The pandemic has created a demand for mental health services as never before. And I do not see that demand tapering off any time soon.
4. Build strong hiring, retaining, & supporting systems
Perhaps more than any of the aspects of practice, hiring, retaining, and supporting clinicians is the name of the game right now. And with the pandemic, never have clinicians had more options. No one knows how insurance companies and the marketplace will shift in the next few years, but it is clear the stigma about seeking mental health help has diminished. Furthermore, teletherapy has changed the business model for clinicians, at least for the foreseeable future. I am guessing we will not go back to the old days.
Those practices that do a great job of hiring, retaining, and supporting clinicians will thrive in the next period. And likewise, those practices that get good at these tasks will flourish, and their Ebitda will show the results.
5. Processes for doing the daily things
Elsewhere I have written about the importance of focusing on the daily processes. While these things may seem unrelated to profit and Ebitda, they are not. The day-to-day stuff is perhaps the least sexy of all aspects of running a business, yet nothing is more important. The daily detail determines how much growth is possible.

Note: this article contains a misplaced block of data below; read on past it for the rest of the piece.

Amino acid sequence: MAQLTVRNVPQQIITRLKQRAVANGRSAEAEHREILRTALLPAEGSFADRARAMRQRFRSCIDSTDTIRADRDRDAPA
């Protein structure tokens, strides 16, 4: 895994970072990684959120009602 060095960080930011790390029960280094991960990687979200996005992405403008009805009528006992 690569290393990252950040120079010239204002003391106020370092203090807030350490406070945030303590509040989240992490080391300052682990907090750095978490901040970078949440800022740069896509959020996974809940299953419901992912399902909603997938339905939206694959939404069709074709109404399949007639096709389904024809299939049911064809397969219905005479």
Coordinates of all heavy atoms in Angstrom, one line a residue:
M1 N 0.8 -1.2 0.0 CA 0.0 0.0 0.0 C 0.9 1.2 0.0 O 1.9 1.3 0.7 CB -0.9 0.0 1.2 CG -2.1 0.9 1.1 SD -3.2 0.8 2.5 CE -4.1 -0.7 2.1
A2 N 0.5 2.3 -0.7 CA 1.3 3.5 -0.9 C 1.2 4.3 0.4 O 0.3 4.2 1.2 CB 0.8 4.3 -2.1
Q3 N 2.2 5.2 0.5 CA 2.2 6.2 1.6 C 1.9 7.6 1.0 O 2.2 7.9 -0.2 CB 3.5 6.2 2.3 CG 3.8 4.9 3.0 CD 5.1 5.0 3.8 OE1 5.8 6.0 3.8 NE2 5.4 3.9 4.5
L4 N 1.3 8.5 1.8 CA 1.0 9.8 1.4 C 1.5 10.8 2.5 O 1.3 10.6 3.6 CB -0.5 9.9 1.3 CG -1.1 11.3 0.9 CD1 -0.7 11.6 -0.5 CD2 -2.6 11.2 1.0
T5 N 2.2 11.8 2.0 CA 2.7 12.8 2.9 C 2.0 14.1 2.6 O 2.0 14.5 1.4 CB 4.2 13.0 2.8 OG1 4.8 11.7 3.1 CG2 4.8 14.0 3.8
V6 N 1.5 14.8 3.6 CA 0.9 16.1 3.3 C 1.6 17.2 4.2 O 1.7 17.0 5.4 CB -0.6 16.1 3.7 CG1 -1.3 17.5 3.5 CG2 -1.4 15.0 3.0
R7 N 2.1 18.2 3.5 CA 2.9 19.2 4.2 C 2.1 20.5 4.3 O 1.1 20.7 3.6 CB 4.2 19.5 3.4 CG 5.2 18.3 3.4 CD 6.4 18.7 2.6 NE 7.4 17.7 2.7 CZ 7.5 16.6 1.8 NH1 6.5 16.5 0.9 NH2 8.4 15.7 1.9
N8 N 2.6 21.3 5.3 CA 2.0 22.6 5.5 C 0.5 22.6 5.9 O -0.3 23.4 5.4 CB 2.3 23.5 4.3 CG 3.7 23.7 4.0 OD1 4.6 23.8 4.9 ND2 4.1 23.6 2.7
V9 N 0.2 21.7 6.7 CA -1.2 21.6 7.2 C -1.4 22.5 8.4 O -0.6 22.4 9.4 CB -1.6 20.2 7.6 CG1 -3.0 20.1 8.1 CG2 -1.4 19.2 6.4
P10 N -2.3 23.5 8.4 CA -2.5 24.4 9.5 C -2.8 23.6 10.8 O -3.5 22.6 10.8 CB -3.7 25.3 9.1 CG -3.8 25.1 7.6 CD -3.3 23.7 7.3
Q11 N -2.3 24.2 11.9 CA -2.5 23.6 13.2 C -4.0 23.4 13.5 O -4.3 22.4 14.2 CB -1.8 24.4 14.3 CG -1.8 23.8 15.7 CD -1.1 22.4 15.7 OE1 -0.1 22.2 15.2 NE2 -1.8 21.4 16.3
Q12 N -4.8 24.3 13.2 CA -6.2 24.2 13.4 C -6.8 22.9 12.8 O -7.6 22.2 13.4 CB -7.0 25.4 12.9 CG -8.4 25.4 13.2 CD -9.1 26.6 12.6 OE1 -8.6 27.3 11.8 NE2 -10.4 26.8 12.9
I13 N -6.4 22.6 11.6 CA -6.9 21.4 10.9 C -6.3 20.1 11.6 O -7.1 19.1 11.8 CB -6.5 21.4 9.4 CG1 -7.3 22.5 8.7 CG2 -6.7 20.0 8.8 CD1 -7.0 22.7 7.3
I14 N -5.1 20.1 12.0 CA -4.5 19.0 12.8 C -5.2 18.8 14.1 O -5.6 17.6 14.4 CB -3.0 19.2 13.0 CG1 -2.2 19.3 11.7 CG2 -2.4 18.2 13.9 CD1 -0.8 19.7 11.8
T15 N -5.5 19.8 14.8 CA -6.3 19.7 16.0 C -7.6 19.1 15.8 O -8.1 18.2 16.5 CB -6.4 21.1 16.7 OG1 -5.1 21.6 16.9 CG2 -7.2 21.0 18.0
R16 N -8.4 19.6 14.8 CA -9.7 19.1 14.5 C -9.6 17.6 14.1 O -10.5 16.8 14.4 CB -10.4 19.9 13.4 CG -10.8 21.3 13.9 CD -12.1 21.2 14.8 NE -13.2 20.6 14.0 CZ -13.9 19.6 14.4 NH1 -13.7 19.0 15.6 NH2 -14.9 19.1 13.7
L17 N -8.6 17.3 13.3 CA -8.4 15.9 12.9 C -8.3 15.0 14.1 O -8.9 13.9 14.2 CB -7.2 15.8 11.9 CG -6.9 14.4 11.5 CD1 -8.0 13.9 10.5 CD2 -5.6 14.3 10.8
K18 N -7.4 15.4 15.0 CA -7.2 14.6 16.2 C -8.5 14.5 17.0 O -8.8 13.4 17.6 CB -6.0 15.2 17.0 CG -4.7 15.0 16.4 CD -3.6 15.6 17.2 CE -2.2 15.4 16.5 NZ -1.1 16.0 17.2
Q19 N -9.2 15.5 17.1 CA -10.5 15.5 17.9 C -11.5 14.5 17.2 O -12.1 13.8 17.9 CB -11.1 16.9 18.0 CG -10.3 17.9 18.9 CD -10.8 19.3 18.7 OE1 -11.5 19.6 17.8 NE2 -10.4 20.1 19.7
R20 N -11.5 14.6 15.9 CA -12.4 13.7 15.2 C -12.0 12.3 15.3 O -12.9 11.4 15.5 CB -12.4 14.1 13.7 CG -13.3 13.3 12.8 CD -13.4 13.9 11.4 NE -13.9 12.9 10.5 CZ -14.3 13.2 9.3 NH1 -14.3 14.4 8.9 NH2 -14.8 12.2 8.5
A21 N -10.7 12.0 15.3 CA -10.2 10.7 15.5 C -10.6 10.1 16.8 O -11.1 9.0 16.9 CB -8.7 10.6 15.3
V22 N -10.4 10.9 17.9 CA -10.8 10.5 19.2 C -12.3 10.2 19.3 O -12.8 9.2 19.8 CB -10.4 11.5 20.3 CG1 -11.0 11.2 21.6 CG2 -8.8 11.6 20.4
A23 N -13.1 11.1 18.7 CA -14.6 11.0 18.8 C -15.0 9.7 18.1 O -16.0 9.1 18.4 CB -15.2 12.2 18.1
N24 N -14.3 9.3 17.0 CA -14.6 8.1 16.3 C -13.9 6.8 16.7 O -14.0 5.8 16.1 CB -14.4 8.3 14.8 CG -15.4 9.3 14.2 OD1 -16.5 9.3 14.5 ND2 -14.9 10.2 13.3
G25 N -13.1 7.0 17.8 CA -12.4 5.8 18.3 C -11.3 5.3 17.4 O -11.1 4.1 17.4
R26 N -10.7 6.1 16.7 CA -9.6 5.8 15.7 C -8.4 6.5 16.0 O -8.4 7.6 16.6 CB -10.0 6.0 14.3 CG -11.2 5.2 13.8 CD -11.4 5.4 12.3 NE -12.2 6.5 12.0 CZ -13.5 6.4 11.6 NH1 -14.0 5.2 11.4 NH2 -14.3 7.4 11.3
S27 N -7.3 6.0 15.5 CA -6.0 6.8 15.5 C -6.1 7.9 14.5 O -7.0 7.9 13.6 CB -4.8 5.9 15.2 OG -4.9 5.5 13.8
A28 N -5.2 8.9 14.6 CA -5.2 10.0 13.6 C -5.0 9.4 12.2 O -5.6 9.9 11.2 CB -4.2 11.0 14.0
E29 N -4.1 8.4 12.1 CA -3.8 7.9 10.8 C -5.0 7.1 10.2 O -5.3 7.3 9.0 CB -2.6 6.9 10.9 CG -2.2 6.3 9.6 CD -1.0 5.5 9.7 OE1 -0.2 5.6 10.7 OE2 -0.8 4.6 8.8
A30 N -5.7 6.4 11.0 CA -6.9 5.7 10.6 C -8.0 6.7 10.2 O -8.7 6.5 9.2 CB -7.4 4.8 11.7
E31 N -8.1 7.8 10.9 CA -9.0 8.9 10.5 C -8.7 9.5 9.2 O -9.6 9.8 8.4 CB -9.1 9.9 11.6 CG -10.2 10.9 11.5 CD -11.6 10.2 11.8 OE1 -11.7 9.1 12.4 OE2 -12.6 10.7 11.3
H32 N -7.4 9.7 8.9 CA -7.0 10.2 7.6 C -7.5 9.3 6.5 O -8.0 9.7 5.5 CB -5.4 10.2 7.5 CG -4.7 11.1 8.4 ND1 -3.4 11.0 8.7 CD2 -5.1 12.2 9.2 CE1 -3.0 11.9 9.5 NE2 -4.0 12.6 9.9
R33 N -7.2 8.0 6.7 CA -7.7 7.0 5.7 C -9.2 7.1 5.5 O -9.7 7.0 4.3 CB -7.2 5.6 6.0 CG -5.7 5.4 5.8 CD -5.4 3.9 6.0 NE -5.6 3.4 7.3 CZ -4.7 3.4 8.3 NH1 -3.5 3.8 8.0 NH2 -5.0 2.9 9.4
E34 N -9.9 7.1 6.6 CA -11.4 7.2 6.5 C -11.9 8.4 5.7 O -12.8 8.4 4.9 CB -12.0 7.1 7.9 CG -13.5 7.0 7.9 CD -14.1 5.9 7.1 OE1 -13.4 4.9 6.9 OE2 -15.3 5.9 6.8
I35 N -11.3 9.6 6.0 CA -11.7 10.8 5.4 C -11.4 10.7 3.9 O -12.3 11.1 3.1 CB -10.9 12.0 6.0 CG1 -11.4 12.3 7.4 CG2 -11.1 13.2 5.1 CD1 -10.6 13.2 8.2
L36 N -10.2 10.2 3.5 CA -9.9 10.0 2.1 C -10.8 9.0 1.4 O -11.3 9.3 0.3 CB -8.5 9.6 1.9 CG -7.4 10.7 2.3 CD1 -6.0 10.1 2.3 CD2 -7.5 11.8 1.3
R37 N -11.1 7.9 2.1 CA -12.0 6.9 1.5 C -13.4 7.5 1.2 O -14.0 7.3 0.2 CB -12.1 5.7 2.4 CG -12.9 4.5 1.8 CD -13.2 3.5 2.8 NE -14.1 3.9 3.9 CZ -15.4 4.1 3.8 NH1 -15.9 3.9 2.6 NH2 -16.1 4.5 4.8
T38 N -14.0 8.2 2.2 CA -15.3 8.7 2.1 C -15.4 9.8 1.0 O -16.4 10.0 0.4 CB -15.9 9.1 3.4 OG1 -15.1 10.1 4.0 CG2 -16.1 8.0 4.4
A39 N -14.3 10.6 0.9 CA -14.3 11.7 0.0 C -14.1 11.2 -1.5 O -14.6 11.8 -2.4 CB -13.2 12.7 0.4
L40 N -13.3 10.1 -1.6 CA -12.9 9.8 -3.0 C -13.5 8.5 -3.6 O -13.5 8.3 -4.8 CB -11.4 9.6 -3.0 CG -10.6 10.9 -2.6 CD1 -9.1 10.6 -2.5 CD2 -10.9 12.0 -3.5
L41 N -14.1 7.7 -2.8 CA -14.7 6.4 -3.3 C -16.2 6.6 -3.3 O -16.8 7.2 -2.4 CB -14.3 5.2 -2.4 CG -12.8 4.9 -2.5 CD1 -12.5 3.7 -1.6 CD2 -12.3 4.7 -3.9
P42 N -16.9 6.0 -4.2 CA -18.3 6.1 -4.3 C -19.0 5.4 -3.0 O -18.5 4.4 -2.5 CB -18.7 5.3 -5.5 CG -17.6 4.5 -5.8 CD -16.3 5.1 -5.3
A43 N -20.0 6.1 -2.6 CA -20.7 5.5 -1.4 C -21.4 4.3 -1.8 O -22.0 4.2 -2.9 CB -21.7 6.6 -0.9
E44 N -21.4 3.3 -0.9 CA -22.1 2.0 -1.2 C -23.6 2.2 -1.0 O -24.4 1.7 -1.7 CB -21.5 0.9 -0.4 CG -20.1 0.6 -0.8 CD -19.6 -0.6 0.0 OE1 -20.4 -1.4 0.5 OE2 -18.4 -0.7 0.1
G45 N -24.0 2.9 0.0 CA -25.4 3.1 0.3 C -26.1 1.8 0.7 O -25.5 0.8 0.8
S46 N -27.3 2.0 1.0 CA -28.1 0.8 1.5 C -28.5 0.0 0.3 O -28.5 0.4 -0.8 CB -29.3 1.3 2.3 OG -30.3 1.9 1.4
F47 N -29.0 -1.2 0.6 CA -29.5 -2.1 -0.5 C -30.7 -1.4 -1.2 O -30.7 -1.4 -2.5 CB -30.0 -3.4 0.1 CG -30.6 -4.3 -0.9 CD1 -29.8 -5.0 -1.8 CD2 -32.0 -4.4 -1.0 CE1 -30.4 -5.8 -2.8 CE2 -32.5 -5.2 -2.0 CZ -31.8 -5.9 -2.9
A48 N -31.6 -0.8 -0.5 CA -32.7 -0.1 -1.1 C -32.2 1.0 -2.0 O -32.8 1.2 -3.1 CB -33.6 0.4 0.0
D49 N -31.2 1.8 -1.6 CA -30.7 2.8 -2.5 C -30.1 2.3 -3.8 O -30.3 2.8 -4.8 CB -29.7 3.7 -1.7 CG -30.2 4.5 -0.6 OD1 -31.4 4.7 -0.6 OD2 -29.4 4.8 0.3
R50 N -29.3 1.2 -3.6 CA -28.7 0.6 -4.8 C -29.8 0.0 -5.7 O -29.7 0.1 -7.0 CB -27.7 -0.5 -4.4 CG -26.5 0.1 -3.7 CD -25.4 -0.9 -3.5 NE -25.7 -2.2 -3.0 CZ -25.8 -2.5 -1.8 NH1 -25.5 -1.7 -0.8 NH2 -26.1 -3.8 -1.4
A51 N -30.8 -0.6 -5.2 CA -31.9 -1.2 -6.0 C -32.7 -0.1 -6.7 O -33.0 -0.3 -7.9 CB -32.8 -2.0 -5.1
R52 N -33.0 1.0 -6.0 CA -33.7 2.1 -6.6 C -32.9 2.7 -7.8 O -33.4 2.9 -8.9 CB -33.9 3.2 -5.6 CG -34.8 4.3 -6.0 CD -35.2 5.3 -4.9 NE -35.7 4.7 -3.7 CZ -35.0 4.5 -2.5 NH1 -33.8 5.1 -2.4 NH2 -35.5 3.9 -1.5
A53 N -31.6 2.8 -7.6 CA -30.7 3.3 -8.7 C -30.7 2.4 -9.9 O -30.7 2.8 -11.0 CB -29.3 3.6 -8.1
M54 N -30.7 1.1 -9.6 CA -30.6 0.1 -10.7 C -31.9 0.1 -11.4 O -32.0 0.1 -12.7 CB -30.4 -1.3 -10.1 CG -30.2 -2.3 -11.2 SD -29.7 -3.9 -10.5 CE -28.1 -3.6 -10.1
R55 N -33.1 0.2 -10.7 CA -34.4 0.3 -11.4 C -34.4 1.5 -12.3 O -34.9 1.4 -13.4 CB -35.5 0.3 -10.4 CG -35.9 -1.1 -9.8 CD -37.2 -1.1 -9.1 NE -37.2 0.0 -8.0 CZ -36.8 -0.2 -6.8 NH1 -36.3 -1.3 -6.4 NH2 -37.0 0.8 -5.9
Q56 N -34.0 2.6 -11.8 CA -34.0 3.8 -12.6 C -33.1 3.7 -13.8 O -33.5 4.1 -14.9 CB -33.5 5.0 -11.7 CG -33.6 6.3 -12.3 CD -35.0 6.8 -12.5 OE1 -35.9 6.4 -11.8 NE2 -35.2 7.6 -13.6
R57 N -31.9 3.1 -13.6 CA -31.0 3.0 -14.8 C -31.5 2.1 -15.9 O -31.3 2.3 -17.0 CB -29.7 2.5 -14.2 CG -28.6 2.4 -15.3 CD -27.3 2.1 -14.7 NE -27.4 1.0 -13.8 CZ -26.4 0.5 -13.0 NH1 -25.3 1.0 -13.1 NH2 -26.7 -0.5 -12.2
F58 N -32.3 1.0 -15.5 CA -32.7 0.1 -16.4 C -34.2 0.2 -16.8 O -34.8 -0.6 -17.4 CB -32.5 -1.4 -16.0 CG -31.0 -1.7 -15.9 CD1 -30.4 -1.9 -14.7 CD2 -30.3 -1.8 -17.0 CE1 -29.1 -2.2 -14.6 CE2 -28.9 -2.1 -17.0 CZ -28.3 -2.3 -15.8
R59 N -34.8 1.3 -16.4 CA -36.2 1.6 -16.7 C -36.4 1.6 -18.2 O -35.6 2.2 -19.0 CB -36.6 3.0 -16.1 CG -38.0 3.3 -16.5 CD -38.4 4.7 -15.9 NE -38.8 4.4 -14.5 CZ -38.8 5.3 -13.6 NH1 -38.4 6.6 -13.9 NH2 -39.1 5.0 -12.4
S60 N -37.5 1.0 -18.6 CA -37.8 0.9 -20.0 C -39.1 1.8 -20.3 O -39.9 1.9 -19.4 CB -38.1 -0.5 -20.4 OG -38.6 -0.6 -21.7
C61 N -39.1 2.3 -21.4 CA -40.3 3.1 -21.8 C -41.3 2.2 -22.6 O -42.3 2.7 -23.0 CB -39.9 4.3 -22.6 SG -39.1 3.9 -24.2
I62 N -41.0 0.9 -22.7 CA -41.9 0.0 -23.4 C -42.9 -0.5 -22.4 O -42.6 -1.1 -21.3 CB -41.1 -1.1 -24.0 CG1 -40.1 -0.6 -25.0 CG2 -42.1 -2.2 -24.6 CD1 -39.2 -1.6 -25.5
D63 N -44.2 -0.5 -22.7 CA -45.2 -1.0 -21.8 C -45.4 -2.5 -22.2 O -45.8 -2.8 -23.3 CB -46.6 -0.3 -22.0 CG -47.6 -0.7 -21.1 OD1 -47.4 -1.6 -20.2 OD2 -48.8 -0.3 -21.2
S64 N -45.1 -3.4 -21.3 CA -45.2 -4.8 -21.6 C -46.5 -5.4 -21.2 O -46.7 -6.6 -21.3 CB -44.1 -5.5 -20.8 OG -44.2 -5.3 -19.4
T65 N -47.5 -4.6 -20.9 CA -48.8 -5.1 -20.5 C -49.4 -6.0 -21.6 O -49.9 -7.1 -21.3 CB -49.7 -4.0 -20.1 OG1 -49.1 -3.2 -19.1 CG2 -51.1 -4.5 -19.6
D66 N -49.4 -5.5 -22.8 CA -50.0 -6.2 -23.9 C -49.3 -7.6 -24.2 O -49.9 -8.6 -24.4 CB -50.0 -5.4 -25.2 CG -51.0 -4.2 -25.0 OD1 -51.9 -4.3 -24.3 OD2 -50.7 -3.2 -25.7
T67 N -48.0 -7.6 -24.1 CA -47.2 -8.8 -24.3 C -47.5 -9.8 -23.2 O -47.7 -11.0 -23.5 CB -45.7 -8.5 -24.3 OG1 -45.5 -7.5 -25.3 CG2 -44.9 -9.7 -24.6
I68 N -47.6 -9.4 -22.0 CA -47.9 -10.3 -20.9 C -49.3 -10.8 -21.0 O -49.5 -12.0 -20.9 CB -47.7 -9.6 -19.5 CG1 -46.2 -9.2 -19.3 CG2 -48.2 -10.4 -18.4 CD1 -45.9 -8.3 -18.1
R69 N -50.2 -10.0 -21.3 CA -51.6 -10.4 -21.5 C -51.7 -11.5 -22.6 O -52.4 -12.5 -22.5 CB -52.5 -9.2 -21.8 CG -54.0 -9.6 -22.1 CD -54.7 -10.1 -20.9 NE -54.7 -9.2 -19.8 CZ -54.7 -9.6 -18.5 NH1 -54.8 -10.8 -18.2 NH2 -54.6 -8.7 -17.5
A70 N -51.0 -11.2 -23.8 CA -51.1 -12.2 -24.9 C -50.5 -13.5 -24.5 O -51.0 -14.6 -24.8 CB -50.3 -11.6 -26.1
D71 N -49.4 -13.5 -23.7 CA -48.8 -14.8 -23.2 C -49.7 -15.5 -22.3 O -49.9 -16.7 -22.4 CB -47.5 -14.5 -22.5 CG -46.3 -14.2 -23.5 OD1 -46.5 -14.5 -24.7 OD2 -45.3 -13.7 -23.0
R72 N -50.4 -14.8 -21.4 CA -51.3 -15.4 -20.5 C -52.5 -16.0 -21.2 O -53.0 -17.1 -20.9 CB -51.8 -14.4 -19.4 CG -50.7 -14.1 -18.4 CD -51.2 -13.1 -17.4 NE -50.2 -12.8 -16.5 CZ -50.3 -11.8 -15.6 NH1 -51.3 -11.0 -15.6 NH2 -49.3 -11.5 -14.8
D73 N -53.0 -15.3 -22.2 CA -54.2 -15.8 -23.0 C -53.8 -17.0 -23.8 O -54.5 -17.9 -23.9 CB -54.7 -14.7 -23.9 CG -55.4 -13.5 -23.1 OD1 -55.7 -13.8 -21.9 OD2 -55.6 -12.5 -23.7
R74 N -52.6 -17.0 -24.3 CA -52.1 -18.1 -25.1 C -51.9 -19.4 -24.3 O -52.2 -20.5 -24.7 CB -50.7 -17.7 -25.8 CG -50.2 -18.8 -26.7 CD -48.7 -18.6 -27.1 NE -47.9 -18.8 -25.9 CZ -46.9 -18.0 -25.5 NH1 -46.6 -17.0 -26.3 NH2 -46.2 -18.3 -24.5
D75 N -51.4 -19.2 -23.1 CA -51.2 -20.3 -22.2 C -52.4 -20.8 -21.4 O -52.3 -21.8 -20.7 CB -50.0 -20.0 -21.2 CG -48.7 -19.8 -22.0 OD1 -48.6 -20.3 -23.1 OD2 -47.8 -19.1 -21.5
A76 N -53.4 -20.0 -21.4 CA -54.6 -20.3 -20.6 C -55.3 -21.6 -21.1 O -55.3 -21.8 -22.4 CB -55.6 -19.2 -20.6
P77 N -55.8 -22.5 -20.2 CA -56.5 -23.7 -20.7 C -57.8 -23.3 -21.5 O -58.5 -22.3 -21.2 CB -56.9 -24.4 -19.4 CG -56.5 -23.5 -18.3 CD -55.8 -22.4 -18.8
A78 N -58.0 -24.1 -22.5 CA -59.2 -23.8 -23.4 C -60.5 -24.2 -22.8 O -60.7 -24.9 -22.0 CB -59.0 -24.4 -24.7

There were times in my history of running a practice when our ability to grow was constrained by our capacity to do the daily stuff. We simply did not have the capacity to grow. Look at some of these posts on overcoming these challenges:
- The ultimate guide to developing managers
- Overcoming bottlenecks in mental health practice
- Grow hire, run out of space, repeat . . . forever
- Reducing in-the-trench psychotherapy to focus on practice management
6. Manage your money wisely
One of the simplest ways to improve Ebitda is to reduce expenses. Sounds easy. But that is not the case. So many expenses are fixed costs and not quickly reined in.
One particular type of expense was especially prone to get out of control–the monthly online fees. I preferred to spend more on a one-time service than to pay for monthly charges. Monthly payments are difficult to monitor and often stick around longer than needed.
I acknowledge that monthly fees may be the way to go in the early days when cash flow is difficult. But there are times when it would be better to finance a purchase and then be done with it when the charges are paid.
Put these together and see a growing Ebitda and profit
Now, of course, building Ebitda is a long-term effort. There is no quick fix that shows immediate results. Nevertheless, the business will grow when one does all of the above. And certainly, stringing together a series of ever-increasing Ebidta numbers will attract buyers when the time is right. In short, focusing on Ebitda over a long period will show the growth pattern that purchasers seek.